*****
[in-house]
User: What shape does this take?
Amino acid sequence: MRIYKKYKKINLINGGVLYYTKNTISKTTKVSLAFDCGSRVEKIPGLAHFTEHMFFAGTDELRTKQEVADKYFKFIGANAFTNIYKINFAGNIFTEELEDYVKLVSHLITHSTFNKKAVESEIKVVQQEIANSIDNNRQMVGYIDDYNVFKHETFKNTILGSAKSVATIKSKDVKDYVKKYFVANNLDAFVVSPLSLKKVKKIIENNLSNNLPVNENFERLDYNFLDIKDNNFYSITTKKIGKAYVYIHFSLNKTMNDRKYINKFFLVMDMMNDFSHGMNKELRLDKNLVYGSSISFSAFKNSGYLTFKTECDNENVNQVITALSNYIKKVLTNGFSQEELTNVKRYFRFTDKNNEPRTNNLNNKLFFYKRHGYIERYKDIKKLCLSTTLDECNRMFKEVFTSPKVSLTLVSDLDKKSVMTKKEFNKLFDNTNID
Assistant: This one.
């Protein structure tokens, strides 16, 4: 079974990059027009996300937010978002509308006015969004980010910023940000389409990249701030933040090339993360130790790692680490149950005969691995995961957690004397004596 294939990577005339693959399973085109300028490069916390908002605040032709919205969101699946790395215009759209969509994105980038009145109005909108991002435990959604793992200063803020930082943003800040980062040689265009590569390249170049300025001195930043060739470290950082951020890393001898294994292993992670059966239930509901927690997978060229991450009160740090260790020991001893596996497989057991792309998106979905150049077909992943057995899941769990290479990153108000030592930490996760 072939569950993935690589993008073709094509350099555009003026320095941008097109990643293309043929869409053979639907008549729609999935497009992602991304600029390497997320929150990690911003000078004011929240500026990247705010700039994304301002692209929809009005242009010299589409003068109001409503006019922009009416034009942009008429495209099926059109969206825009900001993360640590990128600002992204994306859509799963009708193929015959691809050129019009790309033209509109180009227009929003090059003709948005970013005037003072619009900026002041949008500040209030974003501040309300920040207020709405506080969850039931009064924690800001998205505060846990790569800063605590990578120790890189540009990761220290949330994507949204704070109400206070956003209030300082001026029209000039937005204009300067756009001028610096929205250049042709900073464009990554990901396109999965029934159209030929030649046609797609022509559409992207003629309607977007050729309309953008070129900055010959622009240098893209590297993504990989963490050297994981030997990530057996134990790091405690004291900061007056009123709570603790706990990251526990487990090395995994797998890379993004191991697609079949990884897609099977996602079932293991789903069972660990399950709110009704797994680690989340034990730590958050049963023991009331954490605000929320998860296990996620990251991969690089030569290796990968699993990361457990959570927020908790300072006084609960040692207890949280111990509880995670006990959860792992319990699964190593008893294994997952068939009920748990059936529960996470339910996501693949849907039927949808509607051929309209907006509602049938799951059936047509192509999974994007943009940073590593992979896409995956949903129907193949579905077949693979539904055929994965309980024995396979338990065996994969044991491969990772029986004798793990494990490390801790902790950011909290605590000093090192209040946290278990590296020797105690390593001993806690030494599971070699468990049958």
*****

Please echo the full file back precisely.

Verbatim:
[in-house]
User: What shape does this take?
Amino acid sequence: MRIYKKYKKINLINGGVLYYTKNTISKTTKVSLAFDCGSRVEKIPGLAHFTEHMFFAGTDELRTKQEVADKYFKFIGANAFTNIYKINFAGNIFTEELEDYVKLVSHLITHSTFNKKAVESEIKVVQQEIANSIDNNRQMVGYIDDYNVFKHETFKNTILGSAKSVATIKSKDVKDYVKKYFVANNLDAFVVSPLSLKKVKKIIENNLSNNLPVNENFERLDYNFLDIKDNNFYSITTKKIGKAYVYIHFSLNKTMNDRKYINKFFLVMDMMNDFSHGMNKELRLDKNLVYGSSISFSAFKNSGYLTFKTECDNENVNQVITALSNYIKKVLTNGFSQEELTNVKRYFRFTDKNNEPRTNNLNNKLFFYKRHGYIERYKDIKKLCLSTTLDECNRMFKEVFTSPKVSLTLVSDLDKKSVMTKKEFNKLFDNTNID
Assistant: This one.
């Protein structure tokens, strides 16, 4: 079974990059027009996300937010978002509308006015969004980010910023940000389409990249701030933040090339993360130790790692680490149950005969691995995961957690004397004596 294939990577005339693959399973085109300028490069916390908002605040032709919205969101699946790395215009759209969509994105980038009145109005909108991002435990959604793992200063803020930082943003800040980062040689265009590569390249170049300025001195930043060739470290950082951020890393001898294994292993992670059966239930509901927690997978060229991450009160740090260790020991001893596996497989057991792309998106979905150049077909992943057995899941769990290479990153108000030592930490996760 072939569950993935690589993008073709094509350099555009003026320095941008097109990643293309043929869409053979639907008549729609999935497009992602991304600029390497997320929150990690911003000078004011929240500026990247705010700039994304301002692209929809009005242009010299589409003068109001409503006019922009009416034009942009008429495209099926059109969206825009900001993360640590990128600002992204994306859509799963009708193929015959691809050129019009790309033209509109180009227009929003090059003709948005970013005037003072619009900026002041949008500040209030974003501040309300920040207020709405506080969850039931009064924690800001998205505060846990790569800063605590990578120790890189540009990761220290949330994507949204704070109400206070956003209030300082001026029209000039937005204009300067756009001028610096929205250049042709900073464009990554990901396109999965029934159209030929030649046609797609022509559409992207003629309607977007050729309309953008070129900055010959622009240098893209590297993504990989963490050297994981030997990530057996134990790091405690004291900061007056009123709570603790706990990251526990487990090395995994797998890379993004191991697609079949990884897609099977996602079932293991789903069972660990399950709110009704797994680690989340034990730590958050049963023991009331954490605000929320998860296990996620990251991969690089030569290796990968699993990361457990959570927020908790300072006084609960040692207890949280111990509880995670006990959860792992319990699964190593008893294994997952068939009920748990059936529960996470339910996501693949849907039927949808509607051929309209907006509602049938799951059936047509192509999974994007943009940073590593992979896409995956949903129907193949579905077949693979539904055929994965309980024995396979338990065996994969044991491969990772029986004798793990494990490390801790902790950011909290605590000093090192209040946290278990590296020797105690390593001993806690030494599971070699468990049958």